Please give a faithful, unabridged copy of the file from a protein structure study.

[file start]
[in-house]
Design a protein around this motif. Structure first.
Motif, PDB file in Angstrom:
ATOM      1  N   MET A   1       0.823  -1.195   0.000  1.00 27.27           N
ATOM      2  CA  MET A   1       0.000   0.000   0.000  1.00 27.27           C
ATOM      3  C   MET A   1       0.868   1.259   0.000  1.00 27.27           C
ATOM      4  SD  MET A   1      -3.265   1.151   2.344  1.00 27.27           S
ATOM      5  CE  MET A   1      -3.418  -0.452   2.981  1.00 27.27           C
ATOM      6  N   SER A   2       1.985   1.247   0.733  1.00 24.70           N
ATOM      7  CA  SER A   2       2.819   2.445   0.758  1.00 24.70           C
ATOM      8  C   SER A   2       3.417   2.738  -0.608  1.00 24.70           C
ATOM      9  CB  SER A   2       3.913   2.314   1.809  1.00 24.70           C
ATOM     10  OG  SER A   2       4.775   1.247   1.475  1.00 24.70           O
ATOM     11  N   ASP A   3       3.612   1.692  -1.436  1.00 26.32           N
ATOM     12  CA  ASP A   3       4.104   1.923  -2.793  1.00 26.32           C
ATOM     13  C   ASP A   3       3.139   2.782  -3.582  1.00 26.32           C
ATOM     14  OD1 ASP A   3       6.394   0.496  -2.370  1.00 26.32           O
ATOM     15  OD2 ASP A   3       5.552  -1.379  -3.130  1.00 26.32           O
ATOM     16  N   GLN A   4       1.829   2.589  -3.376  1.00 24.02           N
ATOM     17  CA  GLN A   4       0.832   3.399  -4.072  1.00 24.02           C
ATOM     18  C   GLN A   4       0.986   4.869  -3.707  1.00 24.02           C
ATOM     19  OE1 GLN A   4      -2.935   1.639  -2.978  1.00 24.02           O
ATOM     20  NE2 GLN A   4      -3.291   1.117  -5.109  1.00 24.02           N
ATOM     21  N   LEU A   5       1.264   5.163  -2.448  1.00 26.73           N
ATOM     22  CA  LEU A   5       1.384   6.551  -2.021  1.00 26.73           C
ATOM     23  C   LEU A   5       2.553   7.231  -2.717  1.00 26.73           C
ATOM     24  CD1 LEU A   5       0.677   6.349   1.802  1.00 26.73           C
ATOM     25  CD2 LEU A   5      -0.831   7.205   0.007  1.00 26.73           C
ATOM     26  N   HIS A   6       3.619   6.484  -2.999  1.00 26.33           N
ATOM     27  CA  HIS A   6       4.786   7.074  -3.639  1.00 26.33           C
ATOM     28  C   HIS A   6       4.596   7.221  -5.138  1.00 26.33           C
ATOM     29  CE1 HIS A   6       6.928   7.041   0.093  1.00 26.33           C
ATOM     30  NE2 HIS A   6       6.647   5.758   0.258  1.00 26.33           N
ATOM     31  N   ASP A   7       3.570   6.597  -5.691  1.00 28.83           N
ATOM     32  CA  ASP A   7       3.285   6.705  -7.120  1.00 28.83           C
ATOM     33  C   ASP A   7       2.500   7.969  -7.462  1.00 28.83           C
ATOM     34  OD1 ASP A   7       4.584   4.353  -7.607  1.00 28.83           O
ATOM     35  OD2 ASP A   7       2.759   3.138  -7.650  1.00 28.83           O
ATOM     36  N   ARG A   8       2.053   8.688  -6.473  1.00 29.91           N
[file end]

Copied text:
[in-house]
Design a protein around this motif. Structure first.
Motif, PDB file in Angstrom:
ATOM      1  N   MET A   1       0.823  -1.195   0.000  1.00 27.27           N
ATOM      2  CA  MET A   1       0.000   0.000   0.000  1.00 27.27           C
ATOM      3  C   MET A   1       0.868   1.259   0.000  1.00 27.27           C
ATOM      4  SD  MET A   1      -3.265   1.151   2.344  1.00 27.27           S
ATOM      5  CE  MET A   1      -3.418  -0.452   2.981  1.00 27.27           C
ATOM      6  N   SER A   2       1.985   1.247   0.733  1.00 24.70           N
ATOM      7  CA  SER A   2       2.819   2.445   0.758  1.00 24.70           C
ATOM      8  C   SER A   2       3.417   2.738  -0.608  1.00 24.70           C
ATOM      9  CB  SER A   2       3.913   2.314   1.809  1.00 24.70           C
ATOM     10  OG  SER A   2       4.775   1.247   1.475  1.00 24.70           O
ATOM     11  N   ASP A   3       3.612   1.692  -1.436  1.00 26.32           N
ATOM     12  CA  ASP A   3       4.104   1.923  -2.793  1.00 26.32           C
ATOM     13  C   ASP A   3       3.139   2.782  -3.582  1.00 26.32           C
ATOM     14  OD1 ASP A   3       6.394   0.496  -2.370  1.00 26.32           O
ATOM     15  OD2 ASP A   3       5.552  -1.379  -3.130  1.00 26.32           O
ATOM     16  N   GLN A   4       1.829   2.589  -3.376  1.00 24.02           N
ATOM     17  CA  GLN A   4       0.832   3.399  -4.072  1.00 24.02           C
ATOM     18  C   GLN A   4       0.986   4.869  -3.707  1.00 24.02           C
ATOM     19  OE1 GLN A   4      -2.935   1.639  -2.978  1.00 24.02           O
ATOM     20  NE2 GLN A   4      -3.291   1.117  -5.109  1.00 24.02           N
ATOM     21  N   LEU A   5       1.264   5.163  -2.448  1.00 26.73           N
ATOM     22  CA  LEU A   5       1.384   6.551  -2.021  1.00 26.73           C
ATOM     23  C   LEU A   5       2.553   7.231  -2.717  1.00 26.73           C
ATOM     24  CD1 LEU A   5       0.677   6.349   1.802  1.00 26.73           C
ATOM     25  CD2 LEU A   5      -0.831   7.205   0.007  1.00 26.73           C
ATOM     26  N   HIS A   6       3.619   6.484  -2.999  1.00 26.33           N
ATOM     27  CA  HIS A   6       4.786   7.074  -3.639  1.00 26.33           C
ATOM     28  C   HIS A   6       4.596   7.221  -5.138  1.00 26.33           C
ATOM     29  CE1 HIS A   6       6.928   7.041   0.093  1.00 26.33           C
ATOM     30  NE2 HIS A   6       6.647   5.758   0.258  1.00 26.33           N
ATOM     31  N   ASP A   7       3.570   6.597  -5.691  1.00 28.83           N
ATOM     32  CA  ASP A   7       3.285   6.705  -7.120  1.00 28.83           C
ATOM     33  C   ASP A   7       2.500   7.969  -7.462  1.00 28.83           C
ATOM     34  OD1 ASP A   7       4.584   4.353  -7.607  1.00 28.83           O
ATOM     35  OD2 ASP A   7       2.759   3.138  -7.650  1.00 28.83           O
ATOM     36  N   ARG A   8       2.053   8.688  -6.473  1.00 29.91           N